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Author Topic: You are my God and I call you Jesus  (Read 181 times) Average Rating: 0
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Tikhon.of.Colorado
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« on: February 10, 2013, 12:24:45 AM »

Hello, all.

I have much trouble with this, and I wonder if anyone can relate.

I find that I often make up a God in my head, and pretend that he's Jesus Christ.  This God is cool with things like masturbation and pre-marital sex, because he doesn't care.  He's all about love and good feelings.  He changes with the times and is pretty much just there for when his followers need something or are in trouble.  He condemns hate of all kinds, including hateful Christians who would condemn "sins" that are perfectly fine according to science and this loosy-goosey type of religion.

Then, I contrast that with the God who is Jesus Christ.  The God we find at the creation of the world, and the creation of ourselves.  The God who is present and fillest all things, with a rod and staff that comfort His followers forever.

I'm afraid that I get the God I've made up, and the God who is really there in the Chalice, confused sometimes.  I will be about to sin, and then I'll think "Well, the god I know and follow is fine with this.  Let the religious nutts have their strict God.  My god doesn't mind me sinning."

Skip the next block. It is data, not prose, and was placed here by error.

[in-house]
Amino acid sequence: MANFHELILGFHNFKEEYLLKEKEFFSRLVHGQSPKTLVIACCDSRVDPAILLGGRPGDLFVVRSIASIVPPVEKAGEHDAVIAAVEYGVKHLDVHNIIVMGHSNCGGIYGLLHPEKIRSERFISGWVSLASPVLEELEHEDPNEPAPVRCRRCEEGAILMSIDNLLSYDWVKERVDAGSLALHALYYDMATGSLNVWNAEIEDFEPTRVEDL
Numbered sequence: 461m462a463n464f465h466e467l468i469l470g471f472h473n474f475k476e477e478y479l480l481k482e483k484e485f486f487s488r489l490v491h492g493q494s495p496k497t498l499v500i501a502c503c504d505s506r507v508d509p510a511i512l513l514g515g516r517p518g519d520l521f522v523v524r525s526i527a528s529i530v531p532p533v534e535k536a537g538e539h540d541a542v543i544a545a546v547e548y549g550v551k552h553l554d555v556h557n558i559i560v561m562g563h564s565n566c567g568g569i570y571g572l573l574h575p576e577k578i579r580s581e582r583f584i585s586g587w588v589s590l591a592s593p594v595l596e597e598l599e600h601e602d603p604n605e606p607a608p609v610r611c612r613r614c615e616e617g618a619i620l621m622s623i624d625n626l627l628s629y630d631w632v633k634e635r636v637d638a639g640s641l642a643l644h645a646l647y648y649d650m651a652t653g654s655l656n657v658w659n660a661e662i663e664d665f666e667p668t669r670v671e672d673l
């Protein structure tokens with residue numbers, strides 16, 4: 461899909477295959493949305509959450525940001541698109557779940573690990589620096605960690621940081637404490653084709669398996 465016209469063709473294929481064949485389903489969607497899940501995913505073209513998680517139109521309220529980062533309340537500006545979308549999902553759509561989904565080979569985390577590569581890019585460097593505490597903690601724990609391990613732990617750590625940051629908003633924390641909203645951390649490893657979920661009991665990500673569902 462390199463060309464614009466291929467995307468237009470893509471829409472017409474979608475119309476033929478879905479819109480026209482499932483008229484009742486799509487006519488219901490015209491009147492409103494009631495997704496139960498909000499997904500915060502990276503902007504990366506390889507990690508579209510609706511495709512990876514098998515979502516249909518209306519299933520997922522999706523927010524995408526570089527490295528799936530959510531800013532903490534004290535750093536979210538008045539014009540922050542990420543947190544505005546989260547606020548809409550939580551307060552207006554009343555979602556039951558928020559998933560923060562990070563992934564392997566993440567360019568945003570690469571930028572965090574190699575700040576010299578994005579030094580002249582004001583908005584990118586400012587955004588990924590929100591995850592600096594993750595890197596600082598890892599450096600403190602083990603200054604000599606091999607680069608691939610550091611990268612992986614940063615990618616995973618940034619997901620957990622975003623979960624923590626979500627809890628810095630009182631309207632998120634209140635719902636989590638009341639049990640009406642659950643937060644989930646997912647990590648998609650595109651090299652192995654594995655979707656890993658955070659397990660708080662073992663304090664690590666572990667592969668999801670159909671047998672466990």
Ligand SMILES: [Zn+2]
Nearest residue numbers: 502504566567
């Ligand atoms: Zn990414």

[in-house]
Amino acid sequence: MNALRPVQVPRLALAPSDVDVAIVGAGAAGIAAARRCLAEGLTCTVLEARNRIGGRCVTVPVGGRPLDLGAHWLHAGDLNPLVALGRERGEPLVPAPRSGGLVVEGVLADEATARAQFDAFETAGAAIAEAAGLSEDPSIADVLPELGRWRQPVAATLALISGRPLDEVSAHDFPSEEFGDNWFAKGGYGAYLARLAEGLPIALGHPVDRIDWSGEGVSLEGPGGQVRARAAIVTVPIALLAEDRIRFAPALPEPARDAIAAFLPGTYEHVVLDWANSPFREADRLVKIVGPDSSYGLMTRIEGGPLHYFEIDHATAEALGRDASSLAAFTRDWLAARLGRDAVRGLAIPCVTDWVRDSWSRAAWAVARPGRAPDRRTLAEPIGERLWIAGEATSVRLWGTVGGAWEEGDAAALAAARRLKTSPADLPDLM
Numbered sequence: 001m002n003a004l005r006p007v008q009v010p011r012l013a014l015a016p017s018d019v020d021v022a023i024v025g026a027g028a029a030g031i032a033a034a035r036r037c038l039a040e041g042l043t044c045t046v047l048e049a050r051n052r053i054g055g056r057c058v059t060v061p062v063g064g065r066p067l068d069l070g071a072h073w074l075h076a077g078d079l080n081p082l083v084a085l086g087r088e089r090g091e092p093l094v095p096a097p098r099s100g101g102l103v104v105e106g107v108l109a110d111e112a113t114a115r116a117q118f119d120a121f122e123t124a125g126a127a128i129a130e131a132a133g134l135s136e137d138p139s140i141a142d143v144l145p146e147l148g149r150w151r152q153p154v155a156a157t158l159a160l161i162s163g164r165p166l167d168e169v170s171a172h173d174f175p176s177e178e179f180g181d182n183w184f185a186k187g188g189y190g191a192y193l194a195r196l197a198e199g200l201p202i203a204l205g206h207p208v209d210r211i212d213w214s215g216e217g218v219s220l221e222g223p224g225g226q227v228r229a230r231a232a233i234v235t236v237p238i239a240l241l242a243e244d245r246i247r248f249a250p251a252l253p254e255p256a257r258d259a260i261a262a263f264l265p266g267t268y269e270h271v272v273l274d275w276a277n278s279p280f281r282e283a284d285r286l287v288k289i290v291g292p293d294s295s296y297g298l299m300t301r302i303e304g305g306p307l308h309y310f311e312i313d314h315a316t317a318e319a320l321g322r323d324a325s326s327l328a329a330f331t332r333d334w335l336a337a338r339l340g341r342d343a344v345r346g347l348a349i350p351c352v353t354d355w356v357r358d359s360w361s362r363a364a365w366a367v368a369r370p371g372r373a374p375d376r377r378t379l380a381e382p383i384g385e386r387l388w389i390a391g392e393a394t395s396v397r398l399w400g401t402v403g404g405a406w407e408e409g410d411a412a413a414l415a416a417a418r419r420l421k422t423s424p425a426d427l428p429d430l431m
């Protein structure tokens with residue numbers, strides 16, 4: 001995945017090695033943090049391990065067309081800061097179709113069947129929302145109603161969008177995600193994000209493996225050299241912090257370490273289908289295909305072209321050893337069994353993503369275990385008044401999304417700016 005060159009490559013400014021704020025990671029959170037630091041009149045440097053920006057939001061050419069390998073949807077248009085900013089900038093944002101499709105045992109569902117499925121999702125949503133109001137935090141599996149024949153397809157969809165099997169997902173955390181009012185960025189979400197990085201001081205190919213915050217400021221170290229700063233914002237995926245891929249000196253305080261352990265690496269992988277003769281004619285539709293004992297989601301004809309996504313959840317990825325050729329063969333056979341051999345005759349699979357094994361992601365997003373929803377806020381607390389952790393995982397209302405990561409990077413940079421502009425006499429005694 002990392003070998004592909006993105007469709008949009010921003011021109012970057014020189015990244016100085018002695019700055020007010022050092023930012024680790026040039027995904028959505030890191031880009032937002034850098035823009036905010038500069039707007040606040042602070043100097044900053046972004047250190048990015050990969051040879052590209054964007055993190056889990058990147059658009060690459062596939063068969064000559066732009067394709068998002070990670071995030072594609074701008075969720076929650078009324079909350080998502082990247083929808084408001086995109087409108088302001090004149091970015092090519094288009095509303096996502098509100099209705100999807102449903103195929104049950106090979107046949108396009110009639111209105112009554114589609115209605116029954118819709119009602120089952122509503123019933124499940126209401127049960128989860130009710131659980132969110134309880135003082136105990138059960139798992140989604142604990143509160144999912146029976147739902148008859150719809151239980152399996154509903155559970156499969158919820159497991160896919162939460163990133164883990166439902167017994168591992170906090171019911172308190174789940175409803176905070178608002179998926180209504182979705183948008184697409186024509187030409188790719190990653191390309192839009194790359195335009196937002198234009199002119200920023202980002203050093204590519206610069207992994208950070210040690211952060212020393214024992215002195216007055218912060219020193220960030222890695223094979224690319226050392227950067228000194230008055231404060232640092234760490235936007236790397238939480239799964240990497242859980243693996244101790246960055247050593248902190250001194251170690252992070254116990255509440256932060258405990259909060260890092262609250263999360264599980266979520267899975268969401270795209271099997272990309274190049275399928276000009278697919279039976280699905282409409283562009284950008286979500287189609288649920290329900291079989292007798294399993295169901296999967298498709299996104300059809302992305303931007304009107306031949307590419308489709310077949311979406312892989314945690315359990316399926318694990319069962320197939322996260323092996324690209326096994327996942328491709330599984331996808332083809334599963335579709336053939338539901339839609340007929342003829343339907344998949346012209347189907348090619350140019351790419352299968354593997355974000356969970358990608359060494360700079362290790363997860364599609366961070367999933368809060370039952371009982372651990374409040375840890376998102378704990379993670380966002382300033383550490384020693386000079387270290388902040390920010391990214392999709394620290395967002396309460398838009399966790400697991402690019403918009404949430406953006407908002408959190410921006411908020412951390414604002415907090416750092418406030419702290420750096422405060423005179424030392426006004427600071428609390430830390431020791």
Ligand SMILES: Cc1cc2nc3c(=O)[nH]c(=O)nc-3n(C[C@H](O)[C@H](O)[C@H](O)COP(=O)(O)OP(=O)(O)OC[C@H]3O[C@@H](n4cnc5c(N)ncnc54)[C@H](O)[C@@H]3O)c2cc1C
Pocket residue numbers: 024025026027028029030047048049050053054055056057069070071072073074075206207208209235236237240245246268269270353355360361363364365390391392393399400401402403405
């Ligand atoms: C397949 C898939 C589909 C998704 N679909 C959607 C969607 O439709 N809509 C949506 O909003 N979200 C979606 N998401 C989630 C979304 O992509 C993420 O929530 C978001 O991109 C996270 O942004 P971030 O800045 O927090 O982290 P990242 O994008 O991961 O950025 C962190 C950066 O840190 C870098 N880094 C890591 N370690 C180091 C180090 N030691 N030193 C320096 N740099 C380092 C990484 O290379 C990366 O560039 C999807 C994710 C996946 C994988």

This has been an extreme stumbling block for me as of late, and I think it's due to my time in another more "liberal" Church.  Being back in Orthodoxy, I still have this voice in my head that tells me it's okay to sin, because we have to make God fit the times and such.

When I try to follow God, the true God, this false god gets in my way.  My confesser tells me to regularly pray my rule and to attend Church and experience the true God, Jesus Christ, and learn His will.  I am instructed to read the scriptures and listen to His commandments.

Does anyone else struggle with such a thing?
« Last Edit: February 10, 2013, 12:30:58 AM by trevor72694 » Logged

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« Reply #1 on: February 10, 2013, 03:14:46 AM »

I think if most people are honest they would admit that they struggle with similar issues. Maybe not exaclty as you described it, but yes, constantly wavering between "God is merciful, understanding, and forgiving, so I can indulge in this little sin here; but God is also holy and He will judge all actions, so now I am terrified because of what I just did." Something to that effect. I know I wrestle with it. But it sounds like your confessor has given you excellent advice. If we seek to know the mind, will, and nature of God apart from the Church, we will always get it wrong.